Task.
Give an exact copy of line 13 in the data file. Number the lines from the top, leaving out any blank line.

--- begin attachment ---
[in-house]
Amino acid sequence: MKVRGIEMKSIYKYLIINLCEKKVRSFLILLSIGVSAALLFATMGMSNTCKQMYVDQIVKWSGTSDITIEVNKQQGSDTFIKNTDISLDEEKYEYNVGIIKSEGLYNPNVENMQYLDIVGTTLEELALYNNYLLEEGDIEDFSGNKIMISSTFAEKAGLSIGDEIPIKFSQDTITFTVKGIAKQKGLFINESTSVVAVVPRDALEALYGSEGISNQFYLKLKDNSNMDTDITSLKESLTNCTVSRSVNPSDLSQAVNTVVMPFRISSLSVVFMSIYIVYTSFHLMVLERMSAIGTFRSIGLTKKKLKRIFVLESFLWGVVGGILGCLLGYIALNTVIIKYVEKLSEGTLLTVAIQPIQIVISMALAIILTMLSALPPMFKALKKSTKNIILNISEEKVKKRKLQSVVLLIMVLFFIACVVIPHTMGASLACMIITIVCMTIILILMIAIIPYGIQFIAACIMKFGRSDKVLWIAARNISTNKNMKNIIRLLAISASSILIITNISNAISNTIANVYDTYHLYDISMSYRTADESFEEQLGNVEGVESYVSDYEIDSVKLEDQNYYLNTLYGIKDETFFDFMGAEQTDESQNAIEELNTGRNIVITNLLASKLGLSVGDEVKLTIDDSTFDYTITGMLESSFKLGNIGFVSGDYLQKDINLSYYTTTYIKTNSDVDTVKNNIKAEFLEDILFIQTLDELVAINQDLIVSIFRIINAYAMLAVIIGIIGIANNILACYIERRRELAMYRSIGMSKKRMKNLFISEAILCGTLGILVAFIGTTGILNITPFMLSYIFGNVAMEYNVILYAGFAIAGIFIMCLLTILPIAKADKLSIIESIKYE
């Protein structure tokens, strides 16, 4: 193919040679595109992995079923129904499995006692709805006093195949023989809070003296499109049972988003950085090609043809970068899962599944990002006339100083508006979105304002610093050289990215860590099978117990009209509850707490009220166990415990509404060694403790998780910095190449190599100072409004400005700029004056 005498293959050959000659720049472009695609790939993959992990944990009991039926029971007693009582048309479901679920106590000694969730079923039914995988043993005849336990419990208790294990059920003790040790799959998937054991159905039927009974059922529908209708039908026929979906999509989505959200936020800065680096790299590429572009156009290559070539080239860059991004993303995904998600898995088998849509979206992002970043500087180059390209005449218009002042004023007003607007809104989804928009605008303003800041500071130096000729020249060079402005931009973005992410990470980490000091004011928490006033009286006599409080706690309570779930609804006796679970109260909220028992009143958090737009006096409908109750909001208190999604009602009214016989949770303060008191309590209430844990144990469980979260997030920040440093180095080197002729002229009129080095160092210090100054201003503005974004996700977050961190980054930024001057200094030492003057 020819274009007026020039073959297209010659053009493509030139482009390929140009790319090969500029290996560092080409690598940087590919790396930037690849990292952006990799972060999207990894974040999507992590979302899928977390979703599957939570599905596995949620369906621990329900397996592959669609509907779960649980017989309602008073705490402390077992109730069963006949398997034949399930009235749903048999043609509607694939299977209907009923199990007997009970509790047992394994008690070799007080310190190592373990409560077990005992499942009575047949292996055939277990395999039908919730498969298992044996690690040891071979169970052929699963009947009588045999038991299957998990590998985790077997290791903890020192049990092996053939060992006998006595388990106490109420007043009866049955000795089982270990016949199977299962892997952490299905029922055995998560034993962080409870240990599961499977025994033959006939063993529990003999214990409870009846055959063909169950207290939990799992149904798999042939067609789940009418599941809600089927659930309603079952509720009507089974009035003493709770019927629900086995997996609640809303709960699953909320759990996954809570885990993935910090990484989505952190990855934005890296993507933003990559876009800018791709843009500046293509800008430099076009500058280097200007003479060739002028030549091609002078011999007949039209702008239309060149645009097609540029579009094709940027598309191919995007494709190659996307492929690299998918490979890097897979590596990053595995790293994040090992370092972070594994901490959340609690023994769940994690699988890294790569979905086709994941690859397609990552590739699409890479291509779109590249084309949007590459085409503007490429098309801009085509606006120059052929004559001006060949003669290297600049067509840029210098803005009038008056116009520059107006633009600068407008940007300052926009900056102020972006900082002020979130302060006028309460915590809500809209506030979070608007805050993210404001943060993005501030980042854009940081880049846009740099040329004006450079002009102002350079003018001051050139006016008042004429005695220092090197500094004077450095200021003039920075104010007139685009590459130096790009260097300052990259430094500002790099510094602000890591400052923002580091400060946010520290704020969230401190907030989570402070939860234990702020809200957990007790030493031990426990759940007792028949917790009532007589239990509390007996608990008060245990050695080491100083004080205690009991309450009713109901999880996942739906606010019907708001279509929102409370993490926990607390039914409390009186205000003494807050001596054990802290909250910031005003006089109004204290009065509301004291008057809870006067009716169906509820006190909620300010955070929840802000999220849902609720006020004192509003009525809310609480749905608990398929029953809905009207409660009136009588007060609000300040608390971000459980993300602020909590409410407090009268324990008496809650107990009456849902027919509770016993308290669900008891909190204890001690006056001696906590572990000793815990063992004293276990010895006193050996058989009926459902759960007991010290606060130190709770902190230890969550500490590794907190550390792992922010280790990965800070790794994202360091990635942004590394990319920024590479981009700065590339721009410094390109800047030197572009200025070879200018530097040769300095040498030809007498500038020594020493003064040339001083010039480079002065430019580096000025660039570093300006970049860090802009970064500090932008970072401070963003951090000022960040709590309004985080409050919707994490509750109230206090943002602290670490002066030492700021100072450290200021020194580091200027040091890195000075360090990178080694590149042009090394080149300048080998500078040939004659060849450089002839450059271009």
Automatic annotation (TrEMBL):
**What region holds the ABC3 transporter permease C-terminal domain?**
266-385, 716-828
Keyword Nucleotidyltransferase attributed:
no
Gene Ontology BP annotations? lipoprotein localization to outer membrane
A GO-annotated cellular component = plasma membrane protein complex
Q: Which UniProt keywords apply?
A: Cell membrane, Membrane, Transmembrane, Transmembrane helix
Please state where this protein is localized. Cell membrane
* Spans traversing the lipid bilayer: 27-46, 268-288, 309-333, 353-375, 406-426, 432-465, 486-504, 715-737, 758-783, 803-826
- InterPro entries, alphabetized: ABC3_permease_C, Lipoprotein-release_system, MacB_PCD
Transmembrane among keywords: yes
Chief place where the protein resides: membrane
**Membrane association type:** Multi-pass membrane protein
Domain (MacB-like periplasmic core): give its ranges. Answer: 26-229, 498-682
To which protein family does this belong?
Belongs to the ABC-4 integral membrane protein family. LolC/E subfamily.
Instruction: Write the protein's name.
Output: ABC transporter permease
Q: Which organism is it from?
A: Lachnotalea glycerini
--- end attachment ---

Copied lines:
Please state where this protein is localized. Cell membrane